Whiskey Lullaby

DISCLAIMER: This is not a blog about drinking. You will not find anything in Scripture restricting the consumption of alcohol. This is a blog about the ever-present danger of addiction & drunkenness (you will find plenty in Scripture forbidding that) and the inevitable devastation that follows. nw

“Who are the people who are always crying the blues? Who do you know who reeks of self-pity?….Whose eyes are bleary and bloodshot? It’s those who spend the night with a bottle, for whom drinking is serious business. Don’t judge wine by its label,…or its full-bodied flavor. Judge it rather by the hangover it leaves you with – the splitting headache, the queasy stomach… When I’m sober enough to manage it, bring me another drink!” (Proverbs 23:29-35, The Message)

I’m looking at a picture. My dad is holding my daughter, Macy. I’m standing next to him, and Jordan & Kelsie are in front of me. Michelle’s taking the picture. We were attending my granddad’s funeral (my dad’s dad.) But so much more was going on that November, 1998, day than a funeral service. That was the day my dad met my children for the very first time. Macy was 2, Jordan was 5, and Kelsie was 7. Alcohol addiction had cost my dad his marriage, a relationship with his children, a relationship with his grandchildren, and his career. Homeless and nomadic, I had not seen dad in 10 years.

Now, I’m looking at another picture. It sits next to the one described above. This one, two years later, is of me and my two sisters. We’re, again, attending a funeral. This time it’s my dad’s. The alcoholism that controlled him finally killed him. He was 57.

My dad was an amazing man – when he was sober. When he drank he became something else. Something terrifying. In a healthy state of mind, we have God-given “filters” in our brains that prevent us from doing horrible things we would not normally do. Alcohol, however, is a drug. It’s the drug of choice in North America. And, being a drug, it alters our our mind removes those “filters.”

Years ago, I was interviewed on NewsTalk 790 here in Lubbock regarding a vote to allow packaged alcohol sales in nearby Wolfforth. (I was the Youth Pastor at FBC, Wolfforth, at the time.) I told my story. Then the gentlemen giving the interview stated a sound observation. He respectfully said, “Nick, people in favor of this law will say that just because your dad succumbed to alcoholism it doesn’t mean everyone else will.” I replied, “I couldn’t agree more – but some will. And all we’ll be doing is making that possibility easier.”

No one plans on developing an addiction. It happens – without our permission.

When I lived in Dallas, one of my favorite columnists to read in the Dallas Morning News was Steve Blow. I’ll never forget one of his editorials about being contacted “out-of-the-blue” by an old friend of his. Blow wrote: “Mike called and said, ‘I don’t know if you knew this, but I’m an alcoholic.’ He had my attention. Mike’s story is a common one: Started drinking in high school because it was cool. Kept drinking in college. Faced real life and found he couldn’t stop drinking.”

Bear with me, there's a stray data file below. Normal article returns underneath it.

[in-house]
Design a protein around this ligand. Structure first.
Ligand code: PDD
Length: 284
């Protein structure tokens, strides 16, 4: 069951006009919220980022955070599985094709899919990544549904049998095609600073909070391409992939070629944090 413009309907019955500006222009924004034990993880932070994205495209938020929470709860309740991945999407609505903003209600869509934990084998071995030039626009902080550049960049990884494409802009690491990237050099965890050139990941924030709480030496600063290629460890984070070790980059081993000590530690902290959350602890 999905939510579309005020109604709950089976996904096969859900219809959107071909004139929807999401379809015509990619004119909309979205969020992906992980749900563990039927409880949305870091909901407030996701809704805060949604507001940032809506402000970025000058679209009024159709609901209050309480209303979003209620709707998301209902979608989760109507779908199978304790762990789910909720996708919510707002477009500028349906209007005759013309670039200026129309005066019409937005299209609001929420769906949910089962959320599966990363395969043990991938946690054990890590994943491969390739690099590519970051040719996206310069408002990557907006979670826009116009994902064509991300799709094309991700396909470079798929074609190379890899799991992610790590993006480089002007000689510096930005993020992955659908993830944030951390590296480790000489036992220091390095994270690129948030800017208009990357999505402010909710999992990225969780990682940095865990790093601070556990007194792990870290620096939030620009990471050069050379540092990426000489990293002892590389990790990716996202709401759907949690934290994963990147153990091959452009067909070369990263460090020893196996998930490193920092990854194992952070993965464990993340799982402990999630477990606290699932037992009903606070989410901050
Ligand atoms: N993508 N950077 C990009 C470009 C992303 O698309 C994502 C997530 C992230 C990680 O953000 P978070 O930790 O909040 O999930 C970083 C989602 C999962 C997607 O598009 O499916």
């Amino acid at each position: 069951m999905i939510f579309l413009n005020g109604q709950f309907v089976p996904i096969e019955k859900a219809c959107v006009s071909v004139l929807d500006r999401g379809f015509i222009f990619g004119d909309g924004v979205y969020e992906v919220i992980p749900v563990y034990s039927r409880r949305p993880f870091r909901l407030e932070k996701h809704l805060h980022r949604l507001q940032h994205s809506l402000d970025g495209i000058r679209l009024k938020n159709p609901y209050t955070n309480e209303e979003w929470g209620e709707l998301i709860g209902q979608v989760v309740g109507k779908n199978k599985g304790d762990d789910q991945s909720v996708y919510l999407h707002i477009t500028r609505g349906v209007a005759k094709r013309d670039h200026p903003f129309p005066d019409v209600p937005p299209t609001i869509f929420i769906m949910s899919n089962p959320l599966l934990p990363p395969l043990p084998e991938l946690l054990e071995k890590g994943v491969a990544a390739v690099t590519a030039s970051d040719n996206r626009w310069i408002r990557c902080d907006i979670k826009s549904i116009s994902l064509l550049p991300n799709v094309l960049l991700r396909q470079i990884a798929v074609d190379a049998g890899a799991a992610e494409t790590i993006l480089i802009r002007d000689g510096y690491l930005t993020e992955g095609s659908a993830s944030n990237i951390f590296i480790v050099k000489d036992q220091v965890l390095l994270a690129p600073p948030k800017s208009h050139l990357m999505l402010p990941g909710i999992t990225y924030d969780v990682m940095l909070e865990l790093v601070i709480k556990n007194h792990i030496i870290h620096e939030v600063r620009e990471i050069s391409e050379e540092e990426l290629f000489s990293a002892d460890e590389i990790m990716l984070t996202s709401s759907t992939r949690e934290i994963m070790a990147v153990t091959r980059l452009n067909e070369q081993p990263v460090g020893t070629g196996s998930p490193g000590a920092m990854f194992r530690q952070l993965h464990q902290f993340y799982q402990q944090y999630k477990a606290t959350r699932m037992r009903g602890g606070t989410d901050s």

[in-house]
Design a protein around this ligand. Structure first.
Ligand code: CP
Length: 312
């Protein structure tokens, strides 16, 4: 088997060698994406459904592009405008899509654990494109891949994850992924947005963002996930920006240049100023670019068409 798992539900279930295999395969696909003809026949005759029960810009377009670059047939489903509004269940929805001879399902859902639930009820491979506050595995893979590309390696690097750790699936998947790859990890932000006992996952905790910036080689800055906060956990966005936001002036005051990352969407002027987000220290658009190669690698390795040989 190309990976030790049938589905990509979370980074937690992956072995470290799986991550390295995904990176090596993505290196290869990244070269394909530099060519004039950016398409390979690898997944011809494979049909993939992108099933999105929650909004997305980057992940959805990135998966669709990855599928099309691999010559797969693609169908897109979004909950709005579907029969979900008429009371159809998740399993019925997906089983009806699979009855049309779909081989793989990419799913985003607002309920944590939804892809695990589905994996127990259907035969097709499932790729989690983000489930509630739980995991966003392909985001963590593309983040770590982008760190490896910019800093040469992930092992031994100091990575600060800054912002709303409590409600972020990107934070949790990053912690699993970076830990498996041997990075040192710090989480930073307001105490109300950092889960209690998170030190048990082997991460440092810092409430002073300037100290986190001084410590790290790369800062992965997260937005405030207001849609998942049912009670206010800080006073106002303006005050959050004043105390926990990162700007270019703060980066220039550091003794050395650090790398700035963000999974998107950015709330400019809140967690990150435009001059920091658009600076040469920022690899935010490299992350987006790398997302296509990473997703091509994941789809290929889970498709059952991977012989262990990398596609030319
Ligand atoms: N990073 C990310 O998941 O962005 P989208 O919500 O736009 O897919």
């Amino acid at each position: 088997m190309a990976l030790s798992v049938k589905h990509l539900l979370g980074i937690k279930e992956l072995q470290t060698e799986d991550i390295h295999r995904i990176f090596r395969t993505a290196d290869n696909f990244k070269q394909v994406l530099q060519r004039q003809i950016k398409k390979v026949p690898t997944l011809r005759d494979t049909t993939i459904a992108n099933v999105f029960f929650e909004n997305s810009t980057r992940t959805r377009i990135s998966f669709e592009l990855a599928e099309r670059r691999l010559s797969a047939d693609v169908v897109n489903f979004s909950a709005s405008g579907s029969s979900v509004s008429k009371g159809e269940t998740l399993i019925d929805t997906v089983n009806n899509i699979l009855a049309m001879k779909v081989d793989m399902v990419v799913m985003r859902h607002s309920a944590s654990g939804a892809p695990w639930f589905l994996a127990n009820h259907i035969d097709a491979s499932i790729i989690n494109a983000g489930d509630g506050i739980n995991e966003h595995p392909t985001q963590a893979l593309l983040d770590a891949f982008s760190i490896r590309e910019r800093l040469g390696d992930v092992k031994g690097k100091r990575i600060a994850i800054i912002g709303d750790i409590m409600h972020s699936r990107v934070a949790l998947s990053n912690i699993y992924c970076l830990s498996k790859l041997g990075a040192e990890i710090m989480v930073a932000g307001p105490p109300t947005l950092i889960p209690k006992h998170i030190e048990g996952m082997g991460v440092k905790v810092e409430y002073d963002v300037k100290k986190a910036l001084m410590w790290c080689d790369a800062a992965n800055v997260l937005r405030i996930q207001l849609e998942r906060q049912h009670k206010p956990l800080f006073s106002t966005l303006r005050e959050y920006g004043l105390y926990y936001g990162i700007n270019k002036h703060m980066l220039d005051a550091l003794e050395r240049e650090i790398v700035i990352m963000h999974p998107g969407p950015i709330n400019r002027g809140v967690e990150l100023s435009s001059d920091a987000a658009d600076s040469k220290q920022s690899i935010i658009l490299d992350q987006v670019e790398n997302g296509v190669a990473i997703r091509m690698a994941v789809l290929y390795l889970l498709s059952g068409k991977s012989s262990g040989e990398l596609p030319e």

I had not even begun 1st grade when my dad began giving me an occasional sip of his beer. By the time I was in 7th grade I was allowed to drink all I wanted. (I guess no one thought about that being against the law.)

When I heard Brad Paisley’s & Alison Krauss’ 2003 “Whiskey Lullaby” for the very first time I became so overcome with emotion I had to pull my car over. I have no doubt that almost everyone reading this knows someone whose life has been altered by the affects of alcoholism – quite possibly someone related to you.

In 1997, my youngest sister almost died due to a heroin overdose. After over forty days of not knowing whether she was going to live or die, she finally improved. Before she left the hospital I asked her if I could interview her and use her experience to warn teenagers about the lure of alcohol and drugs. She gladly gave me permission. The last question I asked her was, “Did you ever in a million years think this would happen to you?” Without hesitation she said, “No.”

No one ever does.

NOTE: Only moments prior to the first picture being taken, God ordained a divine appointment allowing me to explain to my dad that I’d forgiven him for the years of physical, verbal & emotional abuse my mom, my sisters and I were forced to endure for so many years. Dementia had since stolen away his mind – this former City Councilman and news anchor for KRBC TV in Abilene, TX. But, that November day in 1998, God had graced me with the ability to speak clearly and compassionately, and my dad with the ability to understand. It was an unbelievable display of the supernatural power and grace of Jesus. Next to my profession of faith in Jesus Christ, no single decision has so liberated my life than forgiving my dad. My story of how I made that decision is included for you below.


How I Forgave my Dad